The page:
Save Tullig from West Cork Distillers

Seven corvid species in one day on West Cork Distillers' Tullig site

By Calvin Jones on January 23, 2022

There are seven resident species of corvid (or crow) in Ireland. That's a fact that fascinates both children and teachers when I visit National Schools across County Cork through the excellent Heritage in Schools scheme. I often get the children to count how many species of crow we can spot during the visits. Four is practically guaranteed, five is a good tally, six is exceptional, and I've only ever seen all seven species at one County Cork school so far.

That shows just how unusual it is.

Yesterday morning (Saturday 22 January 2021) myself and Niall Dignan met with Cork South West Sinn Féin representative, Clare O'Callaghan, at the entrance to the site of West Cork Distillers' proposed industrial warehousing complex in Tullig. While discussing the proposed development, and our community's objections to it, I saw six of our seven corvid species actively using the site.

In order they were Rook, Jackdaw, Hooded Crow, Magpie, Raven and the rare, internationally protected Chough (a pair of adults, foraging for invertebrates on the improved grassland). That afternoon we held a community meeting at the same location, and the seventh and final Irish crow species... a magnificent Jay... flew over our heads and disappeared into a treeline on the site that's slated for destruction in West Cork Distillers' plans.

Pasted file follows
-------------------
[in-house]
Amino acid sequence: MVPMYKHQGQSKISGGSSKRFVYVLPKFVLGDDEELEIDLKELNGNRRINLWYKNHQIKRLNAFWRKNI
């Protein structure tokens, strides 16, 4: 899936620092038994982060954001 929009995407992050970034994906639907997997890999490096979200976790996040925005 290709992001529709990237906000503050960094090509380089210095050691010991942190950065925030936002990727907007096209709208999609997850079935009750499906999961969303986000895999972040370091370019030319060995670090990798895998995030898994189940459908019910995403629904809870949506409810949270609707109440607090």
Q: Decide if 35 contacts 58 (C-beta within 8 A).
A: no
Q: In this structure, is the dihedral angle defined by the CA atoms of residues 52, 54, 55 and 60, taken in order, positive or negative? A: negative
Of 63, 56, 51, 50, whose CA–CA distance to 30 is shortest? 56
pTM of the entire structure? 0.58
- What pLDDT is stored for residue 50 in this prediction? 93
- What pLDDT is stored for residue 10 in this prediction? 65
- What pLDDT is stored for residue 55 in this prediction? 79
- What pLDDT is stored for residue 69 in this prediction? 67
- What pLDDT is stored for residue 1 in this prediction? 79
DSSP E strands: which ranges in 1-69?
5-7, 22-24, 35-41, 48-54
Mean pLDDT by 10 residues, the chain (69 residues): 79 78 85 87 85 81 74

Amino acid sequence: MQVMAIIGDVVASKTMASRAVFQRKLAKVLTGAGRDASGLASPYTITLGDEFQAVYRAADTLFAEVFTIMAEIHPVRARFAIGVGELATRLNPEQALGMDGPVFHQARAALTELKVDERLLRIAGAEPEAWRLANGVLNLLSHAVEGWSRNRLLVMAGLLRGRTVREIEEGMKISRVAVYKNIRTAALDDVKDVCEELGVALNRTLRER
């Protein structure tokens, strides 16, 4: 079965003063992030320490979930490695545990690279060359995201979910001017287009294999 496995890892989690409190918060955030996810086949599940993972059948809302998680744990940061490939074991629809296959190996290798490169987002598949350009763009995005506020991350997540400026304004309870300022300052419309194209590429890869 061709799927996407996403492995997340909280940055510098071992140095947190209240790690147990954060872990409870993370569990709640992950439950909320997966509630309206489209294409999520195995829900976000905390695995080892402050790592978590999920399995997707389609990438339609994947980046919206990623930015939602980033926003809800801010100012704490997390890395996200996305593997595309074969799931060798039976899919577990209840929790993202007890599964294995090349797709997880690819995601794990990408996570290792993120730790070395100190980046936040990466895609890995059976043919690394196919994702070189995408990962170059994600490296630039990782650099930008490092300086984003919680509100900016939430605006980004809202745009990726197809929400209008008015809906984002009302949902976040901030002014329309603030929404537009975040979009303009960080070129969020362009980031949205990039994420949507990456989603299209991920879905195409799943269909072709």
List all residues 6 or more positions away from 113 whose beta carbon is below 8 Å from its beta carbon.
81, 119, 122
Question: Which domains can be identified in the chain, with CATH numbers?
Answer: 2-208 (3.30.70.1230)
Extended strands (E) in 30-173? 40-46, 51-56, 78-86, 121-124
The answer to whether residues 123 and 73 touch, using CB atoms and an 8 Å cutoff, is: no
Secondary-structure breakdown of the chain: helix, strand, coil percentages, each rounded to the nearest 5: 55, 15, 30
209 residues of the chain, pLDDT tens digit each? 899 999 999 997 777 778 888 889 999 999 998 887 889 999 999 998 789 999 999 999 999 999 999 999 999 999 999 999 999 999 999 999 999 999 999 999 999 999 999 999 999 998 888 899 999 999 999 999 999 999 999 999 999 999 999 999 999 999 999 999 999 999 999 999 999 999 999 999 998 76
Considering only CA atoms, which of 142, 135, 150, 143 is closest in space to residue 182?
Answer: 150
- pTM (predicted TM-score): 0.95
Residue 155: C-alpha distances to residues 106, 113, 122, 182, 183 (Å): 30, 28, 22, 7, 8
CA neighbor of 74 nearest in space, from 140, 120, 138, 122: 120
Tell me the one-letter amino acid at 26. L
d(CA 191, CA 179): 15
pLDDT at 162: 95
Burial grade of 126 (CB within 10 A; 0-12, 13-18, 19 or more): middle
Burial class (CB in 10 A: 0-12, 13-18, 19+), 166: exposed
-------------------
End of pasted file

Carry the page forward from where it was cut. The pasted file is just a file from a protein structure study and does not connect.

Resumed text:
The rare, internationally protected Red-billed Chough -- a pair was seen foraging on the West Cork Distillers site on 22 January

To see all seven Irish corvid species using the site on the same day is remarkable, and hints that, in biodiversity terms, this little pocket of West Cork countryside is perhaps more than it initially seems. It also highlights some of the limitations of the short-term ecological survey work West Cork Distillers commissioned to support their new application.

The Environmental Impact Statement by Wetland Surveys Ireland submitted as part of that application is fine, as far as it goes. It correctly identifies and excludes valuable wetland habitat from the development, but limiting survey work to a few isolated visits in autumn and early winter will only ever give you a snapshot of a site's ecology. You can't properly assess the biodiversity value of a site, let alone the ecological impact a major industrial development is likely to have on it, based on a handful of visits at one time of the year. Working with such limited data makes assessment, assumptions, inferences and extrapolations unreliable at best, and potentially dangerous.

A stunning Irish Jay

For example, the survey found no evidence of Badger using the site, and yet we know the Department of Agriculture monitors a Badger set in an adjacent field, so there's a high probability that Badgers forage on the site when that set is in use. Had they conducted surveys at different times of the year, I'm certain the team would have found evidence of Badgers on the site. The report also discounts the presence of Otter... and yet we know for a fact Otters occupy connected waterways just downstream of the site. With large territories, it is highly likely some of these Otters travel upstream and make use of the site.

Adult female Otter with a well-grown cub, photographed with a mobile phone on the banks of a waterway just downstream from the West Cork Distillers site, and into which the industrial development's runoff will drain